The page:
Earlier this week, the US Air Force teamed up with its Norwegian counterpart to carry out a first-of-its-kind joint training exercise amid NATO’s ongoing Icelandic Air Policing (IAP) operation.
The US Air Force made history on Monday after two B-2 stealth bombers of Bomber Task Force Europe 20-2 conducted their first joint training and flight with allied Royal Norwegian Air Force F-35 Lightning II jets.
The Barents Observer reported that the two US stealth bombers, accompanied by British F-15C Eagles, departed Royal Air Force (RAF) Fairford in Gloucestershire, England, to meet up with the Norwegian aircraft out of Naval Air Station Keflavik in Iceland.
“This was indeed a special moment,” Sigurd Tonning-Olsen, a spokesperson with the Norwegian Armed Forces, told the outlet in a phone interview. “The pilots were really excited.”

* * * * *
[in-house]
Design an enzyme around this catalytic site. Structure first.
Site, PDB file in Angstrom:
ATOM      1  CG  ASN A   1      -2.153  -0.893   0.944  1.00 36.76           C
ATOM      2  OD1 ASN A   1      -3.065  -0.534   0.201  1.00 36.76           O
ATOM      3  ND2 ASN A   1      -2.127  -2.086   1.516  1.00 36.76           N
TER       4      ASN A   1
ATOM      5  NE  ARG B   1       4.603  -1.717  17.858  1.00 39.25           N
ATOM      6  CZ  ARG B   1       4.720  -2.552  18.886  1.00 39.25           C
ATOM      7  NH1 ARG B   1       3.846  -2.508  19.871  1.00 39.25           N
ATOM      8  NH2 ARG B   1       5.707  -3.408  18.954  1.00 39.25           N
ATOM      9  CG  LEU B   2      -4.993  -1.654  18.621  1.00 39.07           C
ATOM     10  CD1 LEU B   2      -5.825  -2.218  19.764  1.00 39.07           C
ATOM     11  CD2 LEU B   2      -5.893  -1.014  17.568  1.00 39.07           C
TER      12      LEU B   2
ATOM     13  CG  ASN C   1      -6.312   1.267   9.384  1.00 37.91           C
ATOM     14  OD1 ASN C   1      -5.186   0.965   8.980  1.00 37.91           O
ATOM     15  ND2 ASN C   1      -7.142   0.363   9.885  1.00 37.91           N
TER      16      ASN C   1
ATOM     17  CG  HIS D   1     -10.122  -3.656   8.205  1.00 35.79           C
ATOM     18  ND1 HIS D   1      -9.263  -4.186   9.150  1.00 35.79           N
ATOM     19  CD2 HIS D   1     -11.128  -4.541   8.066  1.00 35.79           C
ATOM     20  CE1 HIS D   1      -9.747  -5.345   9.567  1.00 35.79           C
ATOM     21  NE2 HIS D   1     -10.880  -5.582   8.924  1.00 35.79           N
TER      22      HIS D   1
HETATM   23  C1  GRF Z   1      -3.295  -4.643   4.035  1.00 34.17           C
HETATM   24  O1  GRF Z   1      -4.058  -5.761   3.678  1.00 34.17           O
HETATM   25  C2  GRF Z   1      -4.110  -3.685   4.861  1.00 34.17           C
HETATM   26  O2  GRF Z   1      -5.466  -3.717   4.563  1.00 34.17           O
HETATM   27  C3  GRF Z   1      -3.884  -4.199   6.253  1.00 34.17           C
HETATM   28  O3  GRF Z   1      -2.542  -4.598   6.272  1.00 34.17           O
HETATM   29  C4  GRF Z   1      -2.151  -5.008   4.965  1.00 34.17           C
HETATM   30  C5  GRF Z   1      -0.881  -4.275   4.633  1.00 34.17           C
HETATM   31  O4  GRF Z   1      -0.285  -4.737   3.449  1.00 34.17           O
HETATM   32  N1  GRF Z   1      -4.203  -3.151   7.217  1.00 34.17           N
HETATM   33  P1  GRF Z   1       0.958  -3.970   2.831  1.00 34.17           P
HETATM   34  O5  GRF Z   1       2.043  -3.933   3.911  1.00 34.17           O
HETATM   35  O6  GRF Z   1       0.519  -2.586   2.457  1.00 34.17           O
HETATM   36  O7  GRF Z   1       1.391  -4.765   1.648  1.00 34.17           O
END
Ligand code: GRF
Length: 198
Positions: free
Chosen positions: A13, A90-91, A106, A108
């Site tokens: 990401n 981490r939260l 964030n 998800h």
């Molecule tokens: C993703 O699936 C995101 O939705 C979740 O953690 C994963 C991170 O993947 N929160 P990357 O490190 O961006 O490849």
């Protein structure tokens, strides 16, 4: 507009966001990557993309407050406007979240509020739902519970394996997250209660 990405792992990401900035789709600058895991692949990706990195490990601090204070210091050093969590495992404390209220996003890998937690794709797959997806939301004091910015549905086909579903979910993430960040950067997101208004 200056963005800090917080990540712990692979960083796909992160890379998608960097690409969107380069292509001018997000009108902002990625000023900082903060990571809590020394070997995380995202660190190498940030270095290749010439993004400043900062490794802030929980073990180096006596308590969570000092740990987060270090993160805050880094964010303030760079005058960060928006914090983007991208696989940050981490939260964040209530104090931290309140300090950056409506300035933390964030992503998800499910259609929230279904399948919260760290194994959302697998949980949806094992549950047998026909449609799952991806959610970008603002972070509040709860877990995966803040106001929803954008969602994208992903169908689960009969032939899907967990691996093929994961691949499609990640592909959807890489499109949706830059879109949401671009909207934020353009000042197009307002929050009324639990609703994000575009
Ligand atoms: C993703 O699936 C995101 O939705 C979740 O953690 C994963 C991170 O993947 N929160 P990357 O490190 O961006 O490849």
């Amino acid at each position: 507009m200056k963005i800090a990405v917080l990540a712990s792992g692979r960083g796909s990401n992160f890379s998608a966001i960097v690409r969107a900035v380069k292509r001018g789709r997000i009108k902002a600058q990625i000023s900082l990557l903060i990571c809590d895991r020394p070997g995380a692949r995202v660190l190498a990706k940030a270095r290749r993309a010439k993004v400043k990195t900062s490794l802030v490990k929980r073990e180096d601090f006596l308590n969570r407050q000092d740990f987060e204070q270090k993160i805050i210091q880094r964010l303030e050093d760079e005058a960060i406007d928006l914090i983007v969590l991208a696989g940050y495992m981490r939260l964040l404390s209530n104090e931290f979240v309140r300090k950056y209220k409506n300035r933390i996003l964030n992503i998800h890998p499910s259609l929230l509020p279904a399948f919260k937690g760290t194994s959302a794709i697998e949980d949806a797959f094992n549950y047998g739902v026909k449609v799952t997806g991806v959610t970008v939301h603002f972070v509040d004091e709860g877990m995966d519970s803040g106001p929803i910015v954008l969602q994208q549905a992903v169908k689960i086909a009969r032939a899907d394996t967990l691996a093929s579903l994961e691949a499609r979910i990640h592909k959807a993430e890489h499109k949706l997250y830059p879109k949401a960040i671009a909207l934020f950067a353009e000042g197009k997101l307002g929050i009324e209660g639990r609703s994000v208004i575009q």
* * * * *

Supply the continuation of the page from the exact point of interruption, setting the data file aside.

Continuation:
Tonning-Olsen detailed that the three F-35s were in the air for approximately one and a half hours total and conducted joint training with the B-2s for somewhere between 30 and 45 minutes of that time.
Four F-35s belonging to the Royal Norwegian Air Force have been stationed at Keflavik since February 19 to provide support to NATO’s IAP operation, which was launched in 2008 to provide surveillance and coverage of Iceland following the withdrawal of US forces from the country in 2006. Business Insider reported that some 130 Norwegian military and affiliated civilian personnel also arrived in Iceland last month during the…